The sixth book in the pile didn’t come by mail, but since it was also a weekend acquisition, I added it to the stack. It’s The Brooklyn Follies by Paul Auster, another of those writers I haven’t read yet but really want to. I was at Barnes & Noble yesterday to get a Lightwedge book light for my mother-in-law (with my membership and an extra coupon), and I browsed the bargain books, finding the Auster in hardcover for $5.98 – member price was $5.38, thanks very much. While in the store, I also took a few moments to examine copies of two books winning rave reviews these days: The Immortal Life of Henrietta Lacks by Rebecca Skloot, and Matterhorn, a debut novel thirty years in the making by decorated Vietnam veteran Karl Marlantes.

OH, I ALMOST FORGOT: I also got to play with Barnes & Noble’s nook e-reader!!! I walked into the store, and they have a nook booth set up just a few feet inside the door, it was SO GREAT!!! I walked away, then came back, and began by saying, “I have over 400 books at home that I haven’t read yet, so there’s no way I’m going to buy one of these, but can I just look at it for a few minutes?” And the two women were really cool about it. The navigation wasn’t the most intuitive – maybe I’m too used to my iPod Touch – but I’d certainly be open to looking at it again more closely. ;-)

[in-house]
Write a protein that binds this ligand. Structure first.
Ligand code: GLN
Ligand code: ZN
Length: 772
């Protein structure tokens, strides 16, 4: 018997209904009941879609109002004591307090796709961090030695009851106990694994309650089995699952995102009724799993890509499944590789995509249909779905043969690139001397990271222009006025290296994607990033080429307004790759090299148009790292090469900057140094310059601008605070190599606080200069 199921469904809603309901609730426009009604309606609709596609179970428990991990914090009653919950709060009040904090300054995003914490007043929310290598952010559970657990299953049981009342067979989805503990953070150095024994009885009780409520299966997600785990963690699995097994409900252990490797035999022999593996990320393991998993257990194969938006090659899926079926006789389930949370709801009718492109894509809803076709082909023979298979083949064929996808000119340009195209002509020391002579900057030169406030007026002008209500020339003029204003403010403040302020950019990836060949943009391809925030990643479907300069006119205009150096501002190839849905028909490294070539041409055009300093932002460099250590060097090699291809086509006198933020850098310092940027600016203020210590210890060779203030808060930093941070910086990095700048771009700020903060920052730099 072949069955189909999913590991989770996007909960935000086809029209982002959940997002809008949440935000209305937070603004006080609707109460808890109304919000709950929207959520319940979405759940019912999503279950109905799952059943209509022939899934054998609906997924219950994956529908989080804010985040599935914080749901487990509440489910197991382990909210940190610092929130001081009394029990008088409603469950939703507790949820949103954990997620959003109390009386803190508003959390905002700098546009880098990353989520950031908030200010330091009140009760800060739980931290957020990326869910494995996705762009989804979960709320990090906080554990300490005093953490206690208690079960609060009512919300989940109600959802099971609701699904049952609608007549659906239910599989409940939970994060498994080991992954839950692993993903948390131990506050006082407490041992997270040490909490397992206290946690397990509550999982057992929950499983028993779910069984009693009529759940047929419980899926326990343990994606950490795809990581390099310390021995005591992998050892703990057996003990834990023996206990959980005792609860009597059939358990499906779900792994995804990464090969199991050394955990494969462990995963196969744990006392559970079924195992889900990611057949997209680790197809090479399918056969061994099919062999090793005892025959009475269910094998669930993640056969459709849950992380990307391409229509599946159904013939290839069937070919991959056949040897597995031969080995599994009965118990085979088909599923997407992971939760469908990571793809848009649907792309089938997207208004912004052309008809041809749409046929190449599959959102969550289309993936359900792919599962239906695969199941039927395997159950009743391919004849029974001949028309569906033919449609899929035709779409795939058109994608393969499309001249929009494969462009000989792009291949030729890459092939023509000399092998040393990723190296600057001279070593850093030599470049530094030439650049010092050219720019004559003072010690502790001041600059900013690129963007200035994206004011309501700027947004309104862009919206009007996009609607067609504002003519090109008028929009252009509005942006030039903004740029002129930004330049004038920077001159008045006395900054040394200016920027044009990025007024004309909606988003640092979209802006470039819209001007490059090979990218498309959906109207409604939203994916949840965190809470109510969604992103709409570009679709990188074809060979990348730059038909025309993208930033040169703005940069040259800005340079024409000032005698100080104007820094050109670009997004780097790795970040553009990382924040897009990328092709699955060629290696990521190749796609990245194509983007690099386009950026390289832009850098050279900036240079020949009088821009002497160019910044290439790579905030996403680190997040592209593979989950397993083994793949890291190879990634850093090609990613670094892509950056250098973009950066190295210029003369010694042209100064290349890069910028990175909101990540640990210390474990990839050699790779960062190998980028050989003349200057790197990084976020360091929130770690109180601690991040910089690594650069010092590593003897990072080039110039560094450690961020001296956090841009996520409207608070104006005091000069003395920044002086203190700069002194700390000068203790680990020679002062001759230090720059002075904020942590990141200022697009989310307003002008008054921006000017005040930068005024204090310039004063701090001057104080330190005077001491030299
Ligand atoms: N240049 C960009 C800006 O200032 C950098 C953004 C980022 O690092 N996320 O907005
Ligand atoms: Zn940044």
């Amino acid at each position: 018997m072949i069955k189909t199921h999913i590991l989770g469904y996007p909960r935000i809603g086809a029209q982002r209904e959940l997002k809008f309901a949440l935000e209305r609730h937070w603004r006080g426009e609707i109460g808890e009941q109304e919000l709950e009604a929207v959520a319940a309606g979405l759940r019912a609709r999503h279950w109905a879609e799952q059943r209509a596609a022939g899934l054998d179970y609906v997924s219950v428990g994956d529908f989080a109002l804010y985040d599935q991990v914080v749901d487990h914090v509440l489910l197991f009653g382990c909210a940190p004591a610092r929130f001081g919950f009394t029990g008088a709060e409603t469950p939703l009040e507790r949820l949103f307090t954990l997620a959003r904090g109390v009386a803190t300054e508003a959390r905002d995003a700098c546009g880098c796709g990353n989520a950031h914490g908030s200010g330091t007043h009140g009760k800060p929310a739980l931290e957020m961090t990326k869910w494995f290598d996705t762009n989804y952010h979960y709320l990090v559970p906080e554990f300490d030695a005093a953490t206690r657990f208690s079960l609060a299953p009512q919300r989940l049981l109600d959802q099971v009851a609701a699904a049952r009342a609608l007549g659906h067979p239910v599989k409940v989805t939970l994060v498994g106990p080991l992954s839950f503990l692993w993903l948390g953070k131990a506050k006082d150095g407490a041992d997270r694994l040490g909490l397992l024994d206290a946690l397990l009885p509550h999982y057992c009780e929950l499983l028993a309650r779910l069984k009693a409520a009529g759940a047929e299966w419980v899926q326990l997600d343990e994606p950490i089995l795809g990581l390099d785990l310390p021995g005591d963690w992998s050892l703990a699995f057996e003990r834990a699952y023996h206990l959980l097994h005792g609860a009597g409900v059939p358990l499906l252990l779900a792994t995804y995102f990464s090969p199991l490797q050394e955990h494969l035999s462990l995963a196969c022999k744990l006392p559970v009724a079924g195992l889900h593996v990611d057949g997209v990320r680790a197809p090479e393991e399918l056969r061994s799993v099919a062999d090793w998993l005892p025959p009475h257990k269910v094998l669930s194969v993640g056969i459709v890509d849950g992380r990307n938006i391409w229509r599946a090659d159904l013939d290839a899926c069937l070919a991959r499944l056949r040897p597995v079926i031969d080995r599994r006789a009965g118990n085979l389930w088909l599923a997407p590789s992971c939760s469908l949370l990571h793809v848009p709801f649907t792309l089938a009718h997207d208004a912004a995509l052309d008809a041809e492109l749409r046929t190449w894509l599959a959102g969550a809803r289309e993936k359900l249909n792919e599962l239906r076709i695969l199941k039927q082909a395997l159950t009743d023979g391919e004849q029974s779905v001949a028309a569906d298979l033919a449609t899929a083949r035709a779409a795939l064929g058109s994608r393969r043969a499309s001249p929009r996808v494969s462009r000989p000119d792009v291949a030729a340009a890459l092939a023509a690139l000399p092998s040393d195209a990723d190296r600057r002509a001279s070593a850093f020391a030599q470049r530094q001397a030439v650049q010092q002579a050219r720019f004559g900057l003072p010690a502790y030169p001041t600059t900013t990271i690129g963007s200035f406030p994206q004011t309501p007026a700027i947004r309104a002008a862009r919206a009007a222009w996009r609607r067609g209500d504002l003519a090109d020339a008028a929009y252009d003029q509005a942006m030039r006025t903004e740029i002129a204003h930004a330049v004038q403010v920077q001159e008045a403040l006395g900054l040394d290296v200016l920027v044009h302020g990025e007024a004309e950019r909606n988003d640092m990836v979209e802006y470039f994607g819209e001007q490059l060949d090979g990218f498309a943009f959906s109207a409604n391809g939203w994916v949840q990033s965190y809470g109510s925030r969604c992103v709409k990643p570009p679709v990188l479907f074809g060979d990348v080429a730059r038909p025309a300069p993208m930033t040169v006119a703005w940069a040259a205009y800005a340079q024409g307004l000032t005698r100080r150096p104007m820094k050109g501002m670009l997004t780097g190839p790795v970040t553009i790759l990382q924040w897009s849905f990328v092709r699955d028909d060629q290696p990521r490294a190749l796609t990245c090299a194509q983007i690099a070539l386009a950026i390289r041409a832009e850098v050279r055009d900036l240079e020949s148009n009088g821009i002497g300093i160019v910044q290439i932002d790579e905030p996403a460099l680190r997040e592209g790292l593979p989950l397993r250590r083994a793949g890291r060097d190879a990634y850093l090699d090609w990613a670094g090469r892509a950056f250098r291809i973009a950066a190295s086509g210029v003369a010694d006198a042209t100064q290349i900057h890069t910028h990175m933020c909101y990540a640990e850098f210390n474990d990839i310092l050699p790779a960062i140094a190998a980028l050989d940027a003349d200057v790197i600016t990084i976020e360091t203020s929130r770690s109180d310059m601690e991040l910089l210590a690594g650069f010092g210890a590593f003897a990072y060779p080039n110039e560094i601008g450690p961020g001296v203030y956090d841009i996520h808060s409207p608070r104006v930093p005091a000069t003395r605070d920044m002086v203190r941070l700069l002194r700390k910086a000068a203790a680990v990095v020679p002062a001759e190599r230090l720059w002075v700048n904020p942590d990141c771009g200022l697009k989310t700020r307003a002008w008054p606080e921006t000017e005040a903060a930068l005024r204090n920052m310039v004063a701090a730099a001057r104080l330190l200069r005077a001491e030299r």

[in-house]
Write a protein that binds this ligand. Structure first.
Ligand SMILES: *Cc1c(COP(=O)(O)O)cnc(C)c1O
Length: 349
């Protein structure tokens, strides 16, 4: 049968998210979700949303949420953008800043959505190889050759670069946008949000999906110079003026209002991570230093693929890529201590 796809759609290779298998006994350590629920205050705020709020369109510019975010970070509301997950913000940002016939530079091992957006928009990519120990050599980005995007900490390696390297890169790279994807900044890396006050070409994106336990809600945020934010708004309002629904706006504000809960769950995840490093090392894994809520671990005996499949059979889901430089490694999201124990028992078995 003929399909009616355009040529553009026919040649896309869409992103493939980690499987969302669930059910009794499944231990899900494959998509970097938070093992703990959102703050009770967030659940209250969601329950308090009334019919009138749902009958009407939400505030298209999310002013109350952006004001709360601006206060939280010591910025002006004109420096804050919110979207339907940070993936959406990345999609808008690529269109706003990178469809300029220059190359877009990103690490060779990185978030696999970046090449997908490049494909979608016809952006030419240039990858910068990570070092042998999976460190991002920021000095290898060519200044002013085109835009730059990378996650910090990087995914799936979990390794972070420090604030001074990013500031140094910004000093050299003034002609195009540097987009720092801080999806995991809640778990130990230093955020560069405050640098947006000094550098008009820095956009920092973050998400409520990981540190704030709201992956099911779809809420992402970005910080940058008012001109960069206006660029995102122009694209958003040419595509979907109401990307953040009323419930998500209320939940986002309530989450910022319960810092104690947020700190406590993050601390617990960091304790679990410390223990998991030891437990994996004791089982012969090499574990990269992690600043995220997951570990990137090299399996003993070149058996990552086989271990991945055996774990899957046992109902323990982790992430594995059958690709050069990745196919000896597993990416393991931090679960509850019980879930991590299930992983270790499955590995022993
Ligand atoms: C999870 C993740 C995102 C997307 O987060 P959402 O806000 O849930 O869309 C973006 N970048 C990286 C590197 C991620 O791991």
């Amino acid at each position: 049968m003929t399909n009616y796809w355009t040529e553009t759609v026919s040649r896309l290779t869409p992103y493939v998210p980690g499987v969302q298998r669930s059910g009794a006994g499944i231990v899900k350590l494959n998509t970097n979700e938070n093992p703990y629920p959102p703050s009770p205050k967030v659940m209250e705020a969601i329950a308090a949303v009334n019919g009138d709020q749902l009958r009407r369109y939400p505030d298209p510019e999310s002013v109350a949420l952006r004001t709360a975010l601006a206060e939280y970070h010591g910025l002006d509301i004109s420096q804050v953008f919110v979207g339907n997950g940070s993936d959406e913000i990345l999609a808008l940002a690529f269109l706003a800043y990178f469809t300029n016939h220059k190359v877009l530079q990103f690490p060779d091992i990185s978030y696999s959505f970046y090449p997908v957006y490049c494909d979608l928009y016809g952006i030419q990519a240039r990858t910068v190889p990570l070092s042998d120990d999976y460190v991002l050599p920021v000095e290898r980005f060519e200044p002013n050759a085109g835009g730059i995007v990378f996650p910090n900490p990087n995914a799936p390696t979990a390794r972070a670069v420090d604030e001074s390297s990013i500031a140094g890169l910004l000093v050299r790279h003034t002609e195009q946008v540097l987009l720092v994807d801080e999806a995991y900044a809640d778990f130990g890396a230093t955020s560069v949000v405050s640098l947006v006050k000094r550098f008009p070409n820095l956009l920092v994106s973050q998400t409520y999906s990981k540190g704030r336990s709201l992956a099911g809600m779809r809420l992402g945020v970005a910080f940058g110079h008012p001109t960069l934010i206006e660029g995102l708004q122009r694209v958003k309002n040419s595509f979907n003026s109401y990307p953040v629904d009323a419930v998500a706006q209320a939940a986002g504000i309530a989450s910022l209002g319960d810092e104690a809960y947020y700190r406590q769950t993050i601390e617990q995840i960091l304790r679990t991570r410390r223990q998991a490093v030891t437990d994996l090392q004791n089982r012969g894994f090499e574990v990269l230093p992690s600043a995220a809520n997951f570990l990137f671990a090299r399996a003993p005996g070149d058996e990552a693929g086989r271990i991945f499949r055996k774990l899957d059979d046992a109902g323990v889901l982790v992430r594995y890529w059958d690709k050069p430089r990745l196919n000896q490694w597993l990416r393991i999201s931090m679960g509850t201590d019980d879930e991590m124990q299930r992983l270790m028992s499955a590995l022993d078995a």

Mailbox Monday is a weekly meme hosted by Marcia at The Printed Page. Head on over there to see what other bookish goodies came into book bloggers’ homes this past week, and be ready to add to your wishlist!

Friday, April 16, 2010

What I'm reading (still), and what's On Deck